Synopses & Reviews
From Rebecca Traister, the New York Times bestselling author of All the Single Ladies — whom Anne Lamott called "the most brilliant voice on feminism in this country" — comes a vital, incisive exploration into the transformative power of female anger and its ability to transcend into a political movement.
In the year 2018, it seems as if women's anger has suddenly erupted into the public conversation. But long before Pantsuit Nation, before the Women's March, and before the #MeToo movement, women's anger was not only politically catalytic — but politically problematic. The story of female fury and its cultural significance demonstrates the long history of bitter resentment that has enshrouded women's slow rise to political power in America, as well as the ways that anger is received when it comes from women as opposed to when it comes from men.
With eloquence and fervor, Rebecca tracks the history of female anger as political fuel — from suffragettes chaining themselves to the White House to office workers vacating their buildings after Clarence Thomas was confirmed to the Supreme Court. Here Traister explores women's anger at both men and other women; anger between ideological allies and foes; the varied ways anger is perceived based on its owner; as well as the history of caricaturing and delegitimizing female anger; and the way women's collective fury has become transformative political fuel — as is most certainly occurring today. She deconstructs society's (and the media's) condemnation of female emotion (notably, rage) and the impact of their resulting repercussions.
Highlighting a double standard perpetuated against women by all sexes, and its disastrous, stultifying effect, Traister's latest is timely and crucial. It offers a glimpse into the galvanizing force of women's collective anger, which, when harnessed, can change history.
"Rebecca Traister has me convinced in this deftly and powerfully argued book that there will be no 21st century revolution, until women once again own the power of their rage. Righteous fury leaps off every page of this book, with example after example, from the present and the past, coaxing, chiding, and indeed reminding us, that the political uses of women's anger have been good for America. As I read, my blood started pumping, my fist tightened and my spirit said, 'hell yeah! We aren't going down without a fight.' Women's anger rightly placed and soundly focused can be good for America, once again. In fact, it is essential. Tell the truth: We're all sick and tired of being sick and tired. It's high time we got good and mad." Dr. Brittney Cooper, author of Eloquent Rage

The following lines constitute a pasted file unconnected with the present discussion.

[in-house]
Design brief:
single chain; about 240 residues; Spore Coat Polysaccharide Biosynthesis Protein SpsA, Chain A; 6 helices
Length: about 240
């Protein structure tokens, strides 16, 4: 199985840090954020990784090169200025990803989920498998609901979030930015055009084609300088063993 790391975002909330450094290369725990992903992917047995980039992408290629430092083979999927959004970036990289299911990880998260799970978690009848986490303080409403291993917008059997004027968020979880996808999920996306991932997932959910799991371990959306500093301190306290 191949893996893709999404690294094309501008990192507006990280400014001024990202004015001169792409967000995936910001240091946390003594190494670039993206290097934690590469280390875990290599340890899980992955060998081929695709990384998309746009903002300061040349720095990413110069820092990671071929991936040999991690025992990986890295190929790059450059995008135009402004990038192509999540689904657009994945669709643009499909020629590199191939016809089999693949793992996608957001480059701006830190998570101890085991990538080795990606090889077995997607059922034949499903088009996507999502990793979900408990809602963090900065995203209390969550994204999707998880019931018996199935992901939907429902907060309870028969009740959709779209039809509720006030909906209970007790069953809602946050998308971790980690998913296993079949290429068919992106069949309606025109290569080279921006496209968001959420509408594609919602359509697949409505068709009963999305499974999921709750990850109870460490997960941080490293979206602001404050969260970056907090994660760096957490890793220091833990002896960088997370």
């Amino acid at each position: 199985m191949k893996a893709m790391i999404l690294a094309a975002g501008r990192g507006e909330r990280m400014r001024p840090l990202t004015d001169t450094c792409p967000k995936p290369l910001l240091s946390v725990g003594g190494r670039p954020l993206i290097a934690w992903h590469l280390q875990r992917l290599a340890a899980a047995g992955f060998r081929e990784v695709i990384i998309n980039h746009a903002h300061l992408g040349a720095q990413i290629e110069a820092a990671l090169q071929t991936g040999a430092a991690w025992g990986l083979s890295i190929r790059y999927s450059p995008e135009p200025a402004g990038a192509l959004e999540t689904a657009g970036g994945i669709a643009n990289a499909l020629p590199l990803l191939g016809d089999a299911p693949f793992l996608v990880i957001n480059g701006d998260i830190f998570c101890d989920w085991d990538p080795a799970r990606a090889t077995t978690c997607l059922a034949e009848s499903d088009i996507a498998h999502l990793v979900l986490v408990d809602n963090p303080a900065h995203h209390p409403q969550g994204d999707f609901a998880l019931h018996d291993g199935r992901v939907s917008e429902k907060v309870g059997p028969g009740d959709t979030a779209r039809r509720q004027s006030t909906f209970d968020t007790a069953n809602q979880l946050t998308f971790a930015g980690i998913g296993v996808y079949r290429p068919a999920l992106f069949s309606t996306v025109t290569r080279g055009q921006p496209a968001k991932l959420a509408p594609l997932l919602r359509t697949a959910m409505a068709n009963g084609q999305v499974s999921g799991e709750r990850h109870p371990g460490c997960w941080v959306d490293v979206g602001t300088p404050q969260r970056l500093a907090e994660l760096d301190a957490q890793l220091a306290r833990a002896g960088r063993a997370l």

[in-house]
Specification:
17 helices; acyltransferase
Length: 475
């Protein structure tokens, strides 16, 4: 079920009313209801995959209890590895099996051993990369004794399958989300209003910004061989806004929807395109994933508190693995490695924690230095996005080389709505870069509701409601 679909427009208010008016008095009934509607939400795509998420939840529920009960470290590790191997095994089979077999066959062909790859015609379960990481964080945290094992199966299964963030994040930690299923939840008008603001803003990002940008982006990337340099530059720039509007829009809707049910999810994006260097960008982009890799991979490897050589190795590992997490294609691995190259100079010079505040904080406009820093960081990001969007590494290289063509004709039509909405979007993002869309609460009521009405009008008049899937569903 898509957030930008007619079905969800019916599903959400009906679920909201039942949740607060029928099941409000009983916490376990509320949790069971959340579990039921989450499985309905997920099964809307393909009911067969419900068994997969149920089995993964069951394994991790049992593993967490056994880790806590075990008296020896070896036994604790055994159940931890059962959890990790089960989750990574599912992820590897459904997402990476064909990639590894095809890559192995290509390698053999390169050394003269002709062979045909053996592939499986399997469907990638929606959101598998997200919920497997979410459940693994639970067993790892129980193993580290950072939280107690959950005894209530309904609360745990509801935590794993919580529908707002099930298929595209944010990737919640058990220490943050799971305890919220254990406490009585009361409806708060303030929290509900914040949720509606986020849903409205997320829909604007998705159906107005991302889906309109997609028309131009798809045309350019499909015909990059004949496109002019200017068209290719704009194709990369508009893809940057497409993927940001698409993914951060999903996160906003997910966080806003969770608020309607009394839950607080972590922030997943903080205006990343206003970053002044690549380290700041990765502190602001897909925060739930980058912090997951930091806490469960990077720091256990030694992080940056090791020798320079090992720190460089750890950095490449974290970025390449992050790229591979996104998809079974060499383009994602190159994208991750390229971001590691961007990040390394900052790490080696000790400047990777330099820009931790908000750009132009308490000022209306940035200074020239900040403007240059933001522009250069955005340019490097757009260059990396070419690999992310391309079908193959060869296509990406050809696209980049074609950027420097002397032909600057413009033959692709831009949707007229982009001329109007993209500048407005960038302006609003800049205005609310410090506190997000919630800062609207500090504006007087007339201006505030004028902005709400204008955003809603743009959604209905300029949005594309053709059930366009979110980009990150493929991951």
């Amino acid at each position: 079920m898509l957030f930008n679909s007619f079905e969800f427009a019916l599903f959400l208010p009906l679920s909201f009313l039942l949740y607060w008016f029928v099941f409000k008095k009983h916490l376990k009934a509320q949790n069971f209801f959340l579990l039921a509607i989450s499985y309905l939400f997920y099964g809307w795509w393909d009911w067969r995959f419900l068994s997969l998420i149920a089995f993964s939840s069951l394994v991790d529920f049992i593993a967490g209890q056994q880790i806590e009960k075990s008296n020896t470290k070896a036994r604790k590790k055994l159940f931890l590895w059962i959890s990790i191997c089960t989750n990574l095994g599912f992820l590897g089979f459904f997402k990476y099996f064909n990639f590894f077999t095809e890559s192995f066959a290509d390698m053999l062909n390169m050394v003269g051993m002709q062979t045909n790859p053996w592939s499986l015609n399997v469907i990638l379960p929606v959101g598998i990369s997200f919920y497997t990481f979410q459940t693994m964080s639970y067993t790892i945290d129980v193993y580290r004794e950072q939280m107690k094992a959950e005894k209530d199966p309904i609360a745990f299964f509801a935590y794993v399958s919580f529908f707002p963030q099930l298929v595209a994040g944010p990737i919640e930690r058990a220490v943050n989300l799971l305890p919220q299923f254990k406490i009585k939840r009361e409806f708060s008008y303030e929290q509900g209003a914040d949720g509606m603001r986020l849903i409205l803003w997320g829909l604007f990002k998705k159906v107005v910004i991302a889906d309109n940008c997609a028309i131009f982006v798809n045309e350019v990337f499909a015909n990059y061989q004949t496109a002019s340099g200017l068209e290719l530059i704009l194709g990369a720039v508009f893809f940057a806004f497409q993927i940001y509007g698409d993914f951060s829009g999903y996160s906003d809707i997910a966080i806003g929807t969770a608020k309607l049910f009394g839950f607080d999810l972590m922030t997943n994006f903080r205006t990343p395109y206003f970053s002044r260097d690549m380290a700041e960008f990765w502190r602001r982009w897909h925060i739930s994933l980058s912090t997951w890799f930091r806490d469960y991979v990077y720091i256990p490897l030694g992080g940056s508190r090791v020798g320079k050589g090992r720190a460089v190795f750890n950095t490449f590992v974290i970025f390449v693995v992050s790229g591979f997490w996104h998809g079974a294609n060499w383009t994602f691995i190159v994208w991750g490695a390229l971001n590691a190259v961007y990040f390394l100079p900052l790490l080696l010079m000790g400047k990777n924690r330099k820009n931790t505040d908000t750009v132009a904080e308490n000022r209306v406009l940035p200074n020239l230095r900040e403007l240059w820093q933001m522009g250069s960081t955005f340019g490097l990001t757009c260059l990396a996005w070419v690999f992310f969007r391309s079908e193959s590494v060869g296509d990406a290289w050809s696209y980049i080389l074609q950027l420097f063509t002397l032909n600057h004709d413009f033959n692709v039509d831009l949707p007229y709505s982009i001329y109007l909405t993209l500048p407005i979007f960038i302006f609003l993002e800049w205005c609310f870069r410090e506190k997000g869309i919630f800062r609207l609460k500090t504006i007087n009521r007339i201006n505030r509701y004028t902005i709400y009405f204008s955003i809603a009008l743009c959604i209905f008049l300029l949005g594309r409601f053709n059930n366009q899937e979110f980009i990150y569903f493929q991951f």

"Every fifty years since the French Revolution there's been an uprising on behalf of women's rights — we're in the middle of one right now--and each time around a fresh chorus of voices is heard, making the same righteous bid for social and political equality, only with more force and more eloquence than the time before. Among today's strongest voices is the one that belongs to Rebecca Traister. Deeply felt and richly researched, her new book, Good and Mad, is one of the best accounts I have read of the cumulative anger women feel, coming up against their centuries-old subordination. Read it!" Vivian Gornick
About the Author
Rebecca Traister is writer at large for New York magazine and a contributing editor at Elle. A National Magazine Award finalist, she has written about women in politics, media, and entertainment from a feminist perspective for The New Republic and Salon and has also contributed to The Nation, The New York Observer, The New York Times, The Washington Post, Vogue, Glamour and Marie Claire. She is the author of All the Single Ladies and the award-winning Big Girls Don't Cry. She lives in New York with her family.